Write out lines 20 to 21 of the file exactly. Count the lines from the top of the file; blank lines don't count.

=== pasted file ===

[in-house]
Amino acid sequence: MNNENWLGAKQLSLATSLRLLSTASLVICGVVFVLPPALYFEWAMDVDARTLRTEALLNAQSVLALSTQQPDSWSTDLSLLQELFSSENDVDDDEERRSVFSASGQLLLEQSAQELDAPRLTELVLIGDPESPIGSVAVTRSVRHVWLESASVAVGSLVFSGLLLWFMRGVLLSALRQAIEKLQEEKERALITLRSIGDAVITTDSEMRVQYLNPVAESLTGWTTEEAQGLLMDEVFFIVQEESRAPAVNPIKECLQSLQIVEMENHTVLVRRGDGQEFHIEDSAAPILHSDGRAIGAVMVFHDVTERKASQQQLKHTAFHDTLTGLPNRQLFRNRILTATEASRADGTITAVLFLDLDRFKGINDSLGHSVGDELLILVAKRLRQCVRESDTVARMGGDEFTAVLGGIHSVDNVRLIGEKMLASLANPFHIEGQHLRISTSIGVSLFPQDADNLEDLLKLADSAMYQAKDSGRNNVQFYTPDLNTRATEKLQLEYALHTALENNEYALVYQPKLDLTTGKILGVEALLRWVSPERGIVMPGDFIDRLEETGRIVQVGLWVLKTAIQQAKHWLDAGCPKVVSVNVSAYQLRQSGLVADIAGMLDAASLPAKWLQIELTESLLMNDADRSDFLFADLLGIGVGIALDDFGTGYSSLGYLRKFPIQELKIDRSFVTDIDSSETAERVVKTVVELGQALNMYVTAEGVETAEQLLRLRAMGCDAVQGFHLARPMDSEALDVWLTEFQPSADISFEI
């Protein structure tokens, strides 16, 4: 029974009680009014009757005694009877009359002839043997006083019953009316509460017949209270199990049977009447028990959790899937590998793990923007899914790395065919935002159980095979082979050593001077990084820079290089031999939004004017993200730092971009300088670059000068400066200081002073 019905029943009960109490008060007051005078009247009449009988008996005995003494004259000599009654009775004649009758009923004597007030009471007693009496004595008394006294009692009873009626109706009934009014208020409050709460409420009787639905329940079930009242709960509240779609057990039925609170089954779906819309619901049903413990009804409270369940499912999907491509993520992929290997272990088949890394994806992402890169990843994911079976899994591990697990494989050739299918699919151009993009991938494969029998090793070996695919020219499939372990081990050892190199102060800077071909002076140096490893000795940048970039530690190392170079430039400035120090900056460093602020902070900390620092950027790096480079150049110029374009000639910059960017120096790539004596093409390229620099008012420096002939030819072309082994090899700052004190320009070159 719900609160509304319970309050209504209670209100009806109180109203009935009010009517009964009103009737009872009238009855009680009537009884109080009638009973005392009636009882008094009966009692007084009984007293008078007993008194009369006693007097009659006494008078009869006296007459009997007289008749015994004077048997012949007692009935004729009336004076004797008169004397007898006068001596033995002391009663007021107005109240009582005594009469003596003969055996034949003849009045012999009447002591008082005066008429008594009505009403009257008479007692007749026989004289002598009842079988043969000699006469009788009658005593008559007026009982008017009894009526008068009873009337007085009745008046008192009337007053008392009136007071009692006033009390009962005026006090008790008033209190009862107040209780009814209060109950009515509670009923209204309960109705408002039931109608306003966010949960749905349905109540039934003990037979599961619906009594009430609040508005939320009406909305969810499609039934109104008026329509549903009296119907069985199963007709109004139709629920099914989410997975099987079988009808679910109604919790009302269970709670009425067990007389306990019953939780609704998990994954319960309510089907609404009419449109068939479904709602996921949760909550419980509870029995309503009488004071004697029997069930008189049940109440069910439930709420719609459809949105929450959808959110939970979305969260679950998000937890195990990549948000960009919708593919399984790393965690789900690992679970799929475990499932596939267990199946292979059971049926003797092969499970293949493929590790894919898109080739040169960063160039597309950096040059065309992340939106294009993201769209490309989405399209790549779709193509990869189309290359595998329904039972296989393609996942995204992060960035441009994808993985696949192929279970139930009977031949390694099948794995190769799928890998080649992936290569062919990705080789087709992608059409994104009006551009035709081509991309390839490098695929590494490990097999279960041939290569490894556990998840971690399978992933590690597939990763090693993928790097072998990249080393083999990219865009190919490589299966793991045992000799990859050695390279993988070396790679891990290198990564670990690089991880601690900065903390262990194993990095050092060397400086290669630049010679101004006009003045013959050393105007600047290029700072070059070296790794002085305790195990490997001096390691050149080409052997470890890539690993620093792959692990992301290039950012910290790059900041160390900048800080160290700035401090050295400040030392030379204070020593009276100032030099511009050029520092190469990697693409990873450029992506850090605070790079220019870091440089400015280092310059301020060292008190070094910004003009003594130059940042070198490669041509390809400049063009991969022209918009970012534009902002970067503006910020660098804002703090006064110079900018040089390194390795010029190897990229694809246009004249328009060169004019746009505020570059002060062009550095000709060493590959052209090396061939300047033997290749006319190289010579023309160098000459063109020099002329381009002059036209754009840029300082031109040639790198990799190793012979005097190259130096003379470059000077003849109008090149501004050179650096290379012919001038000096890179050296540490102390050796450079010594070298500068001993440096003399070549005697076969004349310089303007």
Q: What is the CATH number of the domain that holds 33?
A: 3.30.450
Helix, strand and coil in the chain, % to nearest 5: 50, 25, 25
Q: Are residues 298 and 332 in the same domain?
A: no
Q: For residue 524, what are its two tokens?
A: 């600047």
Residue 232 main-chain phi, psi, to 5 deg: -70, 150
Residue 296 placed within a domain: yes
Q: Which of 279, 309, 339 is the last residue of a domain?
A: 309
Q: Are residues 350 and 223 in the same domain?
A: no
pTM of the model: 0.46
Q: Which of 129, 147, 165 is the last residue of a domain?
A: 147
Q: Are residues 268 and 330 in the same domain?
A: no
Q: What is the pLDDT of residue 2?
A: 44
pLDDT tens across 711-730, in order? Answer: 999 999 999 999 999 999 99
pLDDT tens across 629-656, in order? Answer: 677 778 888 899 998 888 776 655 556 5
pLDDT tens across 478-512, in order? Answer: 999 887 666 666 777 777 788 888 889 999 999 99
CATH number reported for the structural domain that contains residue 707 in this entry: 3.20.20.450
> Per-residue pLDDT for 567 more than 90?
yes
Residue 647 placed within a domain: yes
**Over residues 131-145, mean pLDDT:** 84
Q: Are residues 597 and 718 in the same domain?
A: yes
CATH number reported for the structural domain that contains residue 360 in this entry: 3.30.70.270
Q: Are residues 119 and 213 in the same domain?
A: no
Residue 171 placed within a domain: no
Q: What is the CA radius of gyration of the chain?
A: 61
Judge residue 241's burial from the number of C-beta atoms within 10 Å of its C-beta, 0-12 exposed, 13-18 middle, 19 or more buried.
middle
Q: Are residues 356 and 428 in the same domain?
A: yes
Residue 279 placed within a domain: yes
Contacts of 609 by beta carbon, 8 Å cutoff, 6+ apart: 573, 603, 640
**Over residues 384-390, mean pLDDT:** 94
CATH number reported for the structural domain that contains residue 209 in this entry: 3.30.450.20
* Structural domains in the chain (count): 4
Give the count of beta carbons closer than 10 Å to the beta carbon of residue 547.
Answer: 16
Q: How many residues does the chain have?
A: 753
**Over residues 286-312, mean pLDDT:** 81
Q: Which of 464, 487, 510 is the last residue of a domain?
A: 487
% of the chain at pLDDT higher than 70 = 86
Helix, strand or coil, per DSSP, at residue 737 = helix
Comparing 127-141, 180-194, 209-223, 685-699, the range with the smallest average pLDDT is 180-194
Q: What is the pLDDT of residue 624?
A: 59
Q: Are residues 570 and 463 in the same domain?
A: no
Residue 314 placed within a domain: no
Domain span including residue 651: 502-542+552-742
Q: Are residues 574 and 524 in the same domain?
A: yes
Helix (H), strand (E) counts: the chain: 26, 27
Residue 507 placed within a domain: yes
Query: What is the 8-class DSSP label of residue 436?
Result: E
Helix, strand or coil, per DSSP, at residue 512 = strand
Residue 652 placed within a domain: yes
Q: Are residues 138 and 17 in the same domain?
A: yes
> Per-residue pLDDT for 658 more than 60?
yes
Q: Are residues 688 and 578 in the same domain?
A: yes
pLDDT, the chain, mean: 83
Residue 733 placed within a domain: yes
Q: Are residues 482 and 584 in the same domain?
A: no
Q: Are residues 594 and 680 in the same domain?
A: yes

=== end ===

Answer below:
Q: Are residues 268 and 330 in the same domain?
A: no